Our approach to this topic is based on recent developments across performance studies, media theory, visual culture, sound-studies and post-deconstructive thought (particularly the work of Jean-Luc Nancy and Hans Ulrich Gumbrecht). These developments indicate a shift of attention away from an engagement with art whereby the primary focus is on the transmission, interpretation or attribution of an identifiable meaning or significance. Instead, scholarship across these fields has increasingly focused on the performative and material specificity of art and creative practices, and on the way in which these produce or perform ‘presence’ as a tangible, material, perceptual event, however ephemeral or fleeting this may be.
*Bringing the collections at Aberdeen University to life through performance
*Performance as pedagogy: performative elements in the classroom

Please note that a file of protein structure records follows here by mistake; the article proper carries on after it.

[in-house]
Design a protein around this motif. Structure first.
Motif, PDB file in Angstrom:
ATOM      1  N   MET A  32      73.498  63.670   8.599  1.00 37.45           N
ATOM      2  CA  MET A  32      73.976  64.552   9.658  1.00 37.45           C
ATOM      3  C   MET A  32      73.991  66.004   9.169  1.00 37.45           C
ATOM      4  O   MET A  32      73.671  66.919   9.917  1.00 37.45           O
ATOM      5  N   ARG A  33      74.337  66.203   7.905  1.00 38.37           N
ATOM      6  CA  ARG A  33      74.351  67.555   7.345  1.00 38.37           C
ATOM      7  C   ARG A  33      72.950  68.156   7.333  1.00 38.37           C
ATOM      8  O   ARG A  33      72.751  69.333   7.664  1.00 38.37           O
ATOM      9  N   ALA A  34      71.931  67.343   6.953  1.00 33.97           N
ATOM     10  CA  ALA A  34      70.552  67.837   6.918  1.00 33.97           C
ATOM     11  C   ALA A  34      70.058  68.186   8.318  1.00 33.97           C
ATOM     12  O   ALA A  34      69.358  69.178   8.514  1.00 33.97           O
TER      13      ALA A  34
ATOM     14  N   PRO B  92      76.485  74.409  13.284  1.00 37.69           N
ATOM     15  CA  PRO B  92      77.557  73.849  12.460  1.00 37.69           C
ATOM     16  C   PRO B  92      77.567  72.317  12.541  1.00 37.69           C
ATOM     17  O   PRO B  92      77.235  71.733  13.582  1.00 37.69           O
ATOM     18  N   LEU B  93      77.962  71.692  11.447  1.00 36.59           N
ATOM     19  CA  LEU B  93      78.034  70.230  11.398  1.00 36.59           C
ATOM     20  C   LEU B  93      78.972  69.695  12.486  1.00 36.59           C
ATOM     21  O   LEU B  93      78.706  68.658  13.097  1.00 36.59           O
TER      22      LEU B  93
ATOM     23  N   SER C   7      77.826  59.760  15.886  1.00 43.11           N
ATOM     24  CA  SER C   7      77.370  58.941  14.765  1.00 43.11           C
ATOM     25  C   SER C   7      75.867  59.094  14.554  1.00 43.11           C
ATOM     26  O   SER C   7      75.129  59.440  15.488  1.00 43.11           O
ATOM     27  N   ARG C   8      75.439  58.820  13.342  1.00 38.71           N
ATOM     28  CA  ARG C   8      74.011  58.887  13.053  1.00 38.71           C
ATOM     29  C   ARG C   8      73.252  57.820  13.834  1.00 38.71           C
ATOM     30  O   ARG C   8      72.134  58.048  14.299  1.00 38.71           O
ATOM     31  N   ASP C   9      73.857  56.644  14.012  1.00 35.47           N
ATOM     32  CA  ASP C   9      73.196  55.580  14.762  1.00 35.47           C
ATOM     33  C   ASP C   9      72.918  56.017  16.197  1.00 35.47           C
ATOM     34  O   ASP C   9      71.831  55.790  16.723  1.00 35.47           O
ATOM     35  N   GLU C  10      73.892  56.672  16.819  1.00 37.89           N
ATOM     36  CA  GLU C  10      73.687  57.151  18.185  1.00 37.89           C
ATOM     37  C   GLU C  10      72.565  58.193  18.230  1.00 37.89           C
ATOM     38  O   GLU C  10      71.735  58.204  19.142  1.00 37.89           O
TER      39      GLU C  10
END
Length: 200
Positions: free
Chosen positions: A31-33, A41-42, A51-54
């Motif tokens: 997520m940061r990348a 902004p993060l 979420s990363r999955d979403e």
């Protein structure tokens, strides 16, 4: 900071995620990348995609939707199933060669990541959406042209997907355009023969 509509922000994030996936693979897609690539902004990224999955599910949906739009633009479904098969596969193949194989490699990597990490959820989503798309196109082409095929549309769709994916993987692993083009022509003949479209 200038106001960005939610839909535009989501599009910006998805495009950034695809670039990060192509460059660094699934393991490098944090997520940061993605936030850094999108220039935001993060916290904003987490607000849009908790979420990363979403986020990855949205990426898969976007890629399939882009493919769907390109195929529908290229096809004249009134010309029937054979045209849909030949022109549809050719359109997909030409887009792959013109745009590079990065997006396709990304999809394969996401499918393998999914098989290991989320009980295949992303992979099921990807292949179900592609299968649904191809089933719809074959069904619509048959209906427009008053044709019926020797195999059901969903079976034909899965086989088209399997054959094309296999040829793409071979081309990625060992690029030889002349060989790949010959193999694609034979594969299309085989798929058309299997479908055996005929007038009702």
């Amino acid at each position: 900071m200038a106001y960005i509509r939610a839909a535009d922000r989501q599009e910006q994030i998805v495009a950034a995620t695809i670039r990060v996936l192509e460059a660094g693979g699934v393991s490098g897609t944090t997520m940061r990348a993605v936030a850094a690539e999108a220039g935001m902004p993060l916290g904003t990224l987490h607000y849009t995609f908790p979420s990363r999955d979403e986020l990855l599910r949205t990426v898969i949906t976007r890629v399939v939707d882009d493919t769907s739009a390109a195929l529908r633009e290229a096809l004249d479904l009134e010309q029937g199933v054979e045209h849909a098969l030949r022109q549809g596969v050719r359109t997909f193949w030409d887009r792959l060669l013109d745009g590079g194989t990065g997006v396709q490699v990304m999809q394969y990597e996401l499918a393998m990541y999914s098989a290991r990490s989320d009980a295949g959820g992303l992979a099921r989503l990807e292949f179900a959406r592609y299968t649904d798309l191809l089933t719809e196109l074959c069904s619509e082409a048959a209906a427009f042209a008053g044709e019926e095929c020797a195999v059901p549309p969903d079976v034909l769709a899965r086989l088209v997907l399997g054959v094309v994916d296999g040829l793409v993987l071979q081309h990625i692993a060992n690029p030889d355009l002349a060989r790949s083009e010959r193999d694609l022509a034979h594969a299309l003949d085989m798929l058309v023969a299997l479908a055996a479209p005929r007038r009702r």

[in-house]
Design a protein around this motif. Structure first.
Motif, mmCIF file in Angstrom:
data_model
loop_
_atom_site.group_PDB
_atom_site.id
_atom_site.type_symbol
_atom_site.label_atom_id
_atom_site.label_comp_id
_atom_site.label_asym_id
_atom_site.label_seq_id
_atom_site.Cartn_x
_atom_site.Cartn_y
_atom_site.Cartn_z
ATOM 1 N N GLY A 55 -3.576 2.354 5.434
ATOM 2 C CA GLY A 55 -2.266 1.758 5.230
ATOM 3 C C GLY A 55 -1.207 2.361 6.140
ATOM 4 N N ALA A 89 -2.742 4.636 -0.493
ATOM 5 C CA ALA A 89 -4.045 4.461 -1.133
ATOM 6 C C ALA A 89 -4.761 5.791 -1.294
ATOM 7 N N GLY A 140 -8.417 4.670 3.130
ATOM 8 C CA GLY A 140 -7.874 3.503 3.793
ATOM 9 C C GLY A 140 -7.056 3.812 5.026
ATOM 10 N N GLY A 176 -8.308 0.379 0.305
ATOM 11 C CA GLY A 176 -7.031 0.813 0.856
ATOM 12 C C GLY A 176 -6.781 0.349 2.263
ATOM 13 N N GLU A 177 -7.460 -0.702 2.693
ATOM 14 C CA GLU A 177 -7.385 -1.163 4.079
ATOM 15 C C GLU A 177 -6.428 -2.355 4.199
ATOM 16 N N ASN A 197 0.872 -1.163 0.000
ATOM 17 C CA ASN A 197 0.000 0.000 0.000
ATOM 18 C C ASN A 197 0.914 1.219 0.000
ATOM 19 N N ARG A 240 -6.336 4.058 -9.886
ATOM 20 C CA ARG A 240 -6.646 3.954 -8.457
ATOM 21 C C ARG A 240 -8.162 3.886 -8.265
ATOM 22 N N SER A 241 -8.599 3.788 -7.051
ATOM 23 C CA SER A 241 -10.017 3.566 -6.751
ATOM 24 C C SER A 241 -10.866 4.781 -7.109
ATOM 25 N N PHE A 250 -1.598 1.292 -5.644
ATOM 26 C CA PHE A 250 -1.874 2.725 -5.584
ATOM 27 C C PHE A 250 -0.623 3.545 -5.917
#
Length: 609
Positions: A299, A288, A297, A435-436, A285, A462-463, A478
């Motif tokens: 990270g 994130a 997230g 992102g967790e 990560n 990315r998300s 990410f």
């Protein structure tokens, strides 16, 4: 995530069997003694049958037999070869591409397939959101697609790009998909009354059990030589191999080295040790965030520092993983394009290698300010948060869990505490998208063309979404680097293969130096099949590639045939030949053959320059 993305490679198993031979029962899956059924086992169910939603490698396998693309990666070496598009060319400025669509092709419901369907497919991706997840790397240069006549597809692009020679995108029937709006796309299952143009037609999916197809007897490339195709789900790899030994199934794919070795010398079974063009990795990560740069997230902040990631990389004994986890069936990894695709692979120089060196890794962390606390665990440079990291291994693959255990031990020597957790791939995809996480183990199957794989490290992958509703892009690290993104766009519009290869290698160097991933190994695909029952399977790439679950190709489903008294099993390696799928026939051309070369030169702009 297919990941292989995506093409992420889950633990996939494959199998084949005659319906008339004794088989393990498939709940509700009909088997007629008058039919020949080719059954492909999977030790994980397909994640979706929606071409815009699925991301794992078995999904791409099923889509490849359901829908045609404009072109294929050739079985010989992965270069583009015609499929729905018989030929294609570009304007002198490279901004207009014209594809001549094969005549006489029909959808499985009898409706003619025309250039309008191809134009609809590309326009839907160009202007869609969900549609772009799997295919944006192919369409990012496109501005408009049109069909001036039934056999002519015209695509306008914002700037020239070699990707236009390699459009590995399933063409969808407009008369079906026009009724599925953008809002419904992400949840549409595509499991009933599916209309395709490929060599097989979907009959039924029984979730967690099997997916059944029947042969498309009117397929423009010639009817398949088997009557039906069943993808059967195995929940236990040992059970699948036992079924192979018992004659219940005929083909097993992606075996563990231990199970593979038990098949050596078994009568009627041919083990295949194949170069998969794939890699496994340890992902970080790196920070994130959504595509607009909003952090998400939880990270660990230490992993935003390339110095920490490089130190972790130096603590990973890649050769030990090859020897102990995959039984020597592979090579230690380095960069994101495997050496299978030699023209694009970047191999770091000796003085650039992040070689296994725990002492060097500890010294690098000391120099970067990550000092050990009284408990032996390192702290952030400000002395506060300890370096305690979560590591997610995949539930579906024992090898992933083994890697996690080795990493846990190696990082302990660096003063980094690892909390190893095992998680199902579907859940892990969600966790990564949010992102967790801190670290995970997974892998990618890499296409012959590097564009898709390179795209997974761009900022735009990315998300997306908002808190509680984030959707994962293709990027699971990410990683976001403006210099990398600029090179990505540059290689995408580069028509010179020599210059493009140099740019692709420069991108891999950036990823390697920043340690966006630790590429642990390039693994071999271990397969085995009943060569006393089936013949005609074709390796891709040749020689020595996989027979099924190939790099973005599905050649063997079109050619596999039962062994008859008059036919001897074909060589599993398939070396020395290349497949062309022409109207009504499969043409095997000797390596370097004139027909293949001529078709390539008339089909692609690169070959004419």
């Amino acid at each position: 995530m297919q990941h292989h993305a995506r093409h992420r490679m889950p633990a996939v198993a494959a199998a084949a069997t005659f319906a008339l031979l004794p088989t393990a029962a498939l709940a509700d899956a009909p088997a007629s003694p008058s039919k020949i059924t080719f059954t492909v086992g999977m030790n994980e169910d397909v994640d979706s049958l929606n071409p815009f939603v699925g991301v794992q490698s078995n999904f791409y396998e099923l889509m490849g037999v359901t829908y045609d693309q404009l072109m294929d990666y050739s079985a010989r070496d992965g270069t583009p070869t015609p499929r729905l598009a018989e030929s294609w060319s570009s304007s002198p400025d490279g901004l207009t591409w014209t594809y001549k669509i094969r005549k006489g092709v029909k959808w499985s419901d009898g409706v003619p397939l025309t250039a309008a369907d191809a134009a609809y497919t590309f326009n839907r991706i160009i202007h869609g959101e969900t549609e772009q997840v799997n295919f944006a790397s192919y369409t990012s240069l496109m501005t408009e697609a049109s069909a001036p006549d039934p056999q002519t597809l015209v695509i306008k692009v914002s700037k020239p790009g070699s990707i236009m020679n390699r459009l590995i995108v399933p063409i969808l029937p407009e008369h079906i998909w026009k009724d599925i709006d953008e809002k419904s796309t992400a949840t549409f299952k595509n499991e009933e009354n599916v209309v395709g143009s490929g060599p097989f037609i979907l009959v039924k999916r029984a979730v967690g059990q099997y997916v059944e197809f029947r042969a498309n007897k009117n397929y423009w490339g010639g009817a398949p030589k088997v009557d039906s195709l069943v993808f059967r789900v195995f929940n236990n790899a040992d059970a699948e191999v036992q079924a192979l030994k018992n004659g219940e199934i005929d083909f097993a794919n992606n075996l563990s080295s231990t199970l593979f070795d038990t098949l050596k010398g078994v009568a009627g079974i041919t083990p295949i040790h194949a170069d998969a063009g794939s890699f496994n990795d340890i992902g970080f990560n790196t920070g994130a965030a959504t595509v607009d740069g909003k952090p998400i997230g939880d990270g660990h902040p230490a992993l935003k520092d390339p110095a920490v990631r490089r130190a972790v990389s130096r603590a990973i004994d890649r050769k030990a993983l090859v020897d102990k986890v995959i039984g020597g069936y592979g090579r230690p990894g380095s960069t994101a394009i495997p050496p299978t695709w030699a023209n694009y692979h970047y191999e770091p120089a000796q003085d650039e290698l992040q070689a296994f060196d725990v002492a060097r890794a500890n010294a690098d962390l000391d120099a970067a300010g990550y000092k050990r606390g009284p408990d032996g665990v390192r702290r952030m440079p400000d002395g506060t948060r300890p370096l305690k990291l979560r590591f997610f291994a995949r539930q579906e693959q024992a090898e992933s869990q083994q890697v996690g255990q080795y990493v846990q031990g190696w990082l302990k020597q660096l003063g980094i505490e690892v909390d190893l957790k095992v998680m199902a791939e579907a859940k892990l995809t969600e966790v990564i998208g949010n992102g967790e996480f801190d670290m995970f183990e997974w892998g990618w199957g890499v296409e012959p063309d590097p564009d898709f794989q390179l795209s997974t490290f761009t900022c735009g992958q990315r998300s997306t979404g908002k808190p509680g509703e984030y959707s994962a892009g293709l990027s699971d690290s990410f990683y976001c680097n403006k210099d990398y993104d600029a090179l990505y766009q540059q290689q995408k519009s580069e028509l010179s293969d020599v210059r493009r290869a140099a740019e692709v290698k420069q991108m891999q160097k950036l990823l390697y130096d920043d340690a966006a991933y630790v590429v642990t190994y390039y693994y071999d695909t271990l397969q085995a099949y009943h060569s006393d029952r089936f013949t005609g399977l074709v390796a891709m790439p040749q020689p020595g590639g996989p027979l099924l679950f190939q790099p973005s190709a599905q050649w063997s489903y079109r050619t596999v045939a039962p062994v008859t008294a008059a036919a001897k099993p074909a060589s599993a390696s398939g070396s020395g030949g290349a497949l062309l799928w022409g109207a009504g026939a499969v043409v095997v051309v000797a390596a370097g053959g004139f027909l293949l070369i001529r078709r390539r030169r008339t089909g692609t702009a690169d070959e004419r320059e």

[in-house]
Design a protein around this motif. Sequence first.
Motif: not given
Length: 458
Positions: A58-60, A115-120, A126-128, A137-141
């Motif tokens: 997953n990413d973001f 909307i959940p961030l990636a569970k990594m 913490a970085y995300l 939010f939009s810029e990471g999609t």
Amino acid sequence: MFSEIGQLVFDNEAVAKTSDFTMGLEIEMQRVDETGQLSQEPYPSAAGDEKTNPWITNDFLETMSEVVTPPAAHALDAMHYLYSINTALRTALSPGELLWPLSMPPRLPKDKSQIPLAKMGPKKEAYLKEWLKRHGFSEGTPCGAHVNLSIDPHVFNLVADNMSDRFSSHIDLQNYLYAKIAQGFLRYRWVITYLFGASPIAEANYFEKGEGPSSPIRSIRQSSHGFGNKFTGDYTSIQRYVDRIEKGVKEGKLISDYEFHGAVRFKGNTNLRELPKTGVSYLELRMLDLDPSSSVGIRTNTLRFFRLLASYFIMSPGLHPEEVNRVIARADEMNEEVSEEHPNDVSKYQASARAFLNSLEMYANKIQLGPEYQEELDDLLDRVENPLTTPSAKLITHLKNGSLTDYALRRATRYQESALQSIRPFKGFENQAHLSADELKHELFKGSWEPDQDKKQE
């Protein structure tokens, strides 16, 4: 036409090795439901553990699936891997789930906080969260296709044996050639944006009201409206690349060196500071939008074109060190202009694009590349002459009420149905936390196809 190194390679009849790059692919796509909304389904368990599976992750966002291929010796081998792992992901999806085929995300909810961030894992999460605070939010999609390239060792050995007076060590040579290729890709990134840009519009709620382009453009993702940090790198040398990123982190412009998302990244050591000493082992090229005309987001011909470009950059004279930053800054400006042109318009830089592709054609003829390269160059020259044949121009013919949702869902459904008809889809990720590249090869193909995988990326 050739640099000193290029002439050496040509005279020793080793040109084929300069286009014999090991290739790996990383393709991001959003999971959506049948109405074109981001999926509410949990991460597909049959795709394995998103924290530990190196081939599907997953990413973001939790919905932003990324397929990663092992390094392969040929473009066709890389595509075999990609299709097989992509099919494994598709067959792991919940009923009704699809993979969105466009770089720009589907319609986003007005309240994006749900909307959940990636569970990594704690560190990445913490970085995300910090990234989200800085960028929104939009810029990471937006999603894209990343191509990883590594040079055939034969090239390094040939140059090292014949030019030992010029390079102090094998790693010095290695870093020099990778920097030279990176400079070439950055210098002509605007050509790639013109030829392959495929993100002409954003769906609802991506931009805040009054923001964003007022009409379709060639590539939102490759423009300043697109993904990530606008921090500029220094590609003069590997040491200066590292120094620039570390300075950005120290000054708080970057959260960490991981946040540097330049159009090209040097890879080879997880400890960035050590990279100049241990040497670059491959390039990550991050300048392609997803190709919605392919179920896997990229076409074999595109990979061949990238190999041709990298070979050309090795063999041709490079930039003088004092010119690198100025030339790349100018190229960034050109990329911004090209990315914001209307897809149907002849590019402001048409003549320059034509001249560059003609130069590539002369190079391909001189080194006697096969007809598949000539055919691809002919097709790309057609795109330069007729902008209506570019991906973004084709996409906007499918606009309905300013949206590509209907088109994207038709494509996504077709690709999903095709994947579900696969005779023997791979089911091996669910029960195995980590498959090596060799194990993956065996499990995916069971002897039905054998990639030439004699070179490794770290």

*“Contemporancient”: performance art and ancient Scandinavian texts (AHRC-funded)
*“Situationist Aberdeen”: engaging and inspiring students to create performances on campus and in and around Aberdeen (currently part of an AHRC-funded Early Career Fellowship)
*Connections between East European performance art and Aberdeen/the Northeast of Scotland (past funding: Royal Society of Edinburgh, Carnegie Trust, Leverhulme Trust; current funding: AHRC)
*Sonic arts as performance: exploring new sound technologies as performance tools
*Performance as creative practice, performance as ritual practice
Associate Members: Neil Curtis, Liz Curtis, Pete Stollery, Jo Vergunst, Tim Ingold, Andrea Teti, Jasmina Zaloznik (Elphinstone PhD scholarship recipient), Ed Welch, Paul Flaig, Alan Paterson, Anne Valyo, Frederik Pedersen, Tara Beaney, Aideen O’Leary, Frauke Jugersen, Joachim Schaper, Philip Cooke, Karen Salt, Helen Lynch